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Did anyone breakdance at the meeting?

This is very good news. I hope the experiment is a success and MARC expands the program to their other lines.

I'm car-free and live downtown. All my riding now is urban/commuting/task oriented on streets and urban trails.

I miss riding in the country outside of the suburban sprawl. This service will provide me the means to get to places where I can recreationally ride.

The MDOT statement does not say. One advocate, who asked not to be identified, reported that boarding the train with a bike was as simple as A,B,C.

Will the bike car also have seats or are passengers supposed to secure their bike and move to another car to sit?

It would be great if they could allow bikes on the train to Harpers Ferry, which would allow people to ride the train one way and bike the C&O canal towpath the other direction. 60 miles in one day is much more achievable for most cyclists than 120.

@jeffb: If you can visualize MARC's older one-level cars with the 3 + 2 seating, they removed the 3-person benches and put bike racks on that side o the car. The 2-person benches remain.

The thinking last Spring was that after the initial weekend-only trial on the Penn Line, they might try putting the car on a Friday afternoon train on the Brunswick Line. They might be wise to put it on one of the few trains that terminate at Brunswick, unless West Virginia wants to defray the cost of the lost revenue to Brunswick. I suspect that few people will spend the night in Brunswick if taking the train to Harpers Ferry is an option.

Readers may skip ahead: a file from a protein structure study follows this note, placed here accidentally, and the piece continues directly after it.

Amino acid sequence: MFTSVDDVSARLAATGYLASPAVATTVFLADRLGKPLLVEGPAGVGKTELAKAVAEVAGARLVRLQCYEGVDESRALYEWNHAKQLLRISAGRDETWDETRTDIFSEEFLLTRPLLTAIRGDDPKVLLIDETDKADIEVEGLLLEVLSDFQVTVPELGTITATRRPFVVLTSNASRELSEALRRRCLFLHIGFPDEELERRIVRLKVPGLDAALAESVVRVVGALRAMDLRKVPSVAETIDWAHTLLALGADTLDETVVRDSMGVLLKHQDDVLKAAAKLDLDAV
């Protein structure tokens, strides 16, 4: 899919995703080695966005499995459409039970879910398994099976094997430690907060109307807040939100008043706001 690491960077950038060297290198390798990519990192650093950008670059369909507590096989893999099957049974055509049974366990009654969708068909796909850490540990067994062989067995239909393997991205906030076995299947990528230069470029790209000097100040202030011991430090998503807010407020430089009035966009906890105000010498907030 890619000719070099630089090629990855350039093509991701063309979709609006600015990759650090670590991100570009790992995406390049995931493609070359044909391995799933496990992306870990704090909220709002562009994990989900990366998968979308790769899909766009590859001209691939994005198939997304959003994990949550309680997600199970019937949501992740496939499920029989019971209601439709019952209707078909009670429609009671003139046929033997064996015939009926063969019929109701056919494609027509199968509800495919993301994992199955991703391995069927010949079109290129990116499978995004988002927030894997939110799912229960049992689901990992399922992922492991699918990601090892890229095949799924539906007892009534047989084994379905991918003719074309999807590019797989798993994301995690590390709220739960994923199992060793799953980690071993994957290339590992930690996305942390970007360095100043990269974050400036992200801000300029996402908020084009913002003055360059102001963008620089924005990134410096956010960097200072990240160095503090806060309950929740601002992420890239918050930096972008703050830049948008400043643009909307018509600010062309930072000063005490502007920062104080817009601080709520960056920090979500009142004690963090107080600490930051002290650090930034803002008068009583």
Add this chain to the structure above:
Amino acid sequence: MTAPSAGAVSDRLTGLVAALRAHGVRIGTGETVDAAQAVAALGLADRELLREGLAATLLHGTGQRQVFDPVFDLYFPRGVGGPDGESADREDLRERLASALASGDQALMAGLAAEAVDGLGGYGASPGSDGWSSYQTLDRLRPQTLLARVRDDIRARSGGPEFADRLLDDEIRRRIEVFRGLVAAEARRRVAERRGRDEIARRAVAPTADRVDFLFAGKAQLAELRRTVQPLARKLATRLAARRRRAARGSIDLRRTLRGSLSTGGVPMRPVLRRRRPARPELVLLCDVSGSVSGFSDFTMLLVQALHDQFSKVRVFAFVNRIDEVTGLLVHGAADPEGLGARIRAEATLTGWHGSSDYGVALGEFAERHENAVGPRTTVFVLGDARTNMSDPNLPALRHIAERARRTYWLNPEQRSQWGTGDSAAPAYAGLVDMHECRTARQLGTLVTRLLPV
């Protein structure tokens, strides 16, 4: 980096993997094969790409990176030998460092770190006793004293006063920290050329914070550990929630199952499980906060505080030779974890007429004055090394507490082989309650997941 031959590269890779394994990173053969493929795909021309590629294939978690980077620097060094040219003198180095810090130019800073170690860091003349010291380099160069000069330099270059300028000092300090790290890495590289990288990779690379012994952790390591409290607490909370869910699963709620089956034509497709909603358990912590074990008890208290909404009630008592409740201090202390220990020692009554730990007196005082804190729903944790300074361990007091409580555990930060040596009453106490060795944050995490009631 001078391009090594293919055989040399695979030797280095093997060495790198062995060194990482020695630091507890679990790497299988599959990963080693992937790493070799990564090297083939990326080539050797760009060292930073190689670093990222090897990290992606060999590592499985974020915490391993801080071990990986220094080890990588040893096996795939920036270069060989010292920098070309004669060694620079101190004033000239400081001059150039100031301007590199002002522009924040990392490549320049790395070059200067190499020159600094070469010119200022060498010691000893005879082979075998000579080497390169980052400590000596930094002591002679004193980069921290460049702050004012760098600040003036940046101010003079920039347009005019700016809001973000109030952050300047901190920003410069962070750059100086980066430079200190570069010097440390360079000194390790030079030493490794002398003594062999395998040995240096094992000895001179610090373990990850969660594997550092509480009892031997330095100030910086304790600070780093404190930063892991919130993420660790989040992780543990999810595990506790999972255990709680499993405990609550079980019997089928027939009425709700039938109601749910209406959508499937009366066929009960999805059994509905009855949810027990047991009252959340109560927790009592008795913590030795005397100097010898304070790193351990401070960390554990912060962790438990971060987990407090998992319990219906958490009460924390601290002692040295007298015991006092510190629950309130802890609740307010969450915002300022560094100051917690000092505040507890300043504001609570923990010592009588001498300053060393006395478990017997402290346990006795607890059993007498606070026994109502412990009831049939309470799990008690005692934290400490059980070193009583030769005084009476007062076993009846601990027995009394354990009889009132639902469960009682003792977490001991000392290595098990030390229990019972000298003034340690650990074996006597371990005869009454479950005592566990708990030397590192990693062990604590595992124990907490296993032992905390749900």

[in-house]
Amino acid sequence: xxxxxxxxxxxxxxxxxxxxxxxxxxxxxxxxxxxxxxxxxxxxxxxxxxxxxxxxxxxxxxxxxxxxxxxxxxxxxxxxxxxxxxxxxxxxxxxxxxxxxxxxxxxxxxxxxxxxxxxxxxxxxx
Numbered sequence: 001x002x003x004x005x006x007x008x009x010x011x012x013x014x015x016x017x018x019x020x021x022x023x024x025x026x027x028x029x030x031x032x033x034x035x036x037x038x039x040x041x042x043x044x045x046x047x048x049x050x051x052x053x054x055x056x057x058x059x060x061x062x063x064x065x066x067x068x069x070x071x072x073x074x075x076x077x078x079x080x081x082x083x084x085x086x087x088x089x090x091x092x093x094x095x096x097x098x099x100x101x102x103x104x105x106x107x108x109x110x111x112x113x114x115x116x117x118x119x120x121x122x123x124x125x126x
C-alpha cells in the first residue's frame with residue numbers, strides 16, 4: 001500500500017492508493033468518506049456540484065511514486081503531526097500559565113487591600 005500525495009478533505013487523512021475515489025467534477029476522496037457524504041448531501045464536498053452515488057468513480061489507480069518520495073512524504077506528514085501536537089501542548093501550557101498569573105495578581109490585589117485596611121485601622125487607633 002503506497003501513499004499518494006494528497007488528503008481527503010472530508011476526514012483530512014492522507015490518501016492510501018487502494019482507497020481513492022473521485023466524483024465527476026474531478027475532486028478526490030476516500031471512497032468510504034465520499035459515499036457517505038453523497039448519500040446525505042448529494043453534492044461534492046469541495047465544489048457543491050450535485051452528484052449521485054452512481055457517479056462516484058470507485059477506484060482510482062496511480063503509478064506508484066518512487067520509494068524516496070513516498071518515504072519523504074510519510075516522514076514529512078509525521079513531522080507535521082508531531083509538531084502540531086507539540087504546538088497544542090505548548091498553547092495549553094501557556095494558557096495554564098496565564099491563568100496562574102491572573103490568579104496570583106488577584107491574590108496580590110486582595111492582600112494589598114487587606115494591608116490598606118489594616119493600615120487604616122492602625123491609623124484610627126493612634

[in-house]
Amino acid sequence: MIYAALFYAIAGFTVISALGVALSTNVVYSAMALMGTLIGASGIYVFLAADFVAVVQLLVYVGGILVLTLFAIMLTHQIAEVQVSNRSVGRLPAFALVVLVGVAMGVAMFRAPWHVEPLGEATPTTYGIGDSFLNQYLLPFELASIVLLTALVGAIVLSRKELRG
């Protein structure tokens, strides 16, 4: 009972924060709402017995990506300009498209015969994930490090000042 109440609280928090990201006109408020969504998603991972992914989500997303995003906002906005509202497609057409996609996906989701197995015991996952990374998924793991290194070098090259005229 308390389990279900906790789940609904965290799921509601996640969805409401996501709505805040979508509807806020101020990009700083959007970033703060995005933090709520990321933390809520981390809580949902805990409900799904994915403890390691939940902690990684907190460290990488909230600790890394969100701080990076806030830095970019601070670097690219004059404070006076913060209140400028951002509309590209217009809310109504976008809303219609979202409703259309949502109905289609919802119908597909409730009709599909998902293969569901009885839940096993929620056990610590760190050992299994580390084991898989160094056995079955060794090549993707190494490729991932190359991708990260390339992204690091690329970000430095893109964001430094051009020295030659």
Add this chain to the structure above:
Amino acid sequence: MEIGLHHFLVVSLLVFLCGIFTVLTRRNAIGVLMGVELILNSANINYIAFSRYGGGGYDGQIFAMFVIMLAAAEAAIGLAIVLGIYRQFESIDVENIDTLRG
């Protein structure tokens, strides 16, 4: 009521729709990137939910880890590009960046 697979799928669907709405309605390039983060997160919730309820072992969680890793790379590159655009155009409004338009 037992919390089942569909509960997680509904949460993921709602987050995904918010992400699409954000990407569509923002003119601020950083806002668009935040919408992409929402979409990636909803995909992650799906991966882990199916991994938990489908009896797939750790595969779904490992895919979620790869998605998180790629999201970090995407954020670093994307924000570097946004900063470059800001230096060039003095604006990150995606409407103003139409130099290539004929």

Like Purple Eagle I think a means of getting on/off @ Harpers Ferry very appealing.

I don't understand why its better to terminate bike carriage at Brunswick? Can you explain further?

Maryland taxpayers pay for the operating subsidy of the train, so it would make economic sense for Maryland to capture some of the tourist revenue that results from the bike train, rather than send it to West Virginia.

As far as I know, however, MARC officials do not see it that way. Statements have suggested that they view MARC as a service to Maryland residents, not as a way to boost the state's tourist economy. So if they think more Maryland residents want to go to West Virginia, then they might be inclined to run the train to West Virginia. Then again, West Virginia currently pays the incremental operating subsidy of running commuter trains to Martinsburg.

This might be moot. At least in the beginning, they will only have one of these cars, and so the bicycle car will have to go on a train that comes back empty to Union Station on Friday night for use on the Saturday Penn Line train. I'm not sure which trains that would be. Some of the GGW commenters like Matt and Alan would know.

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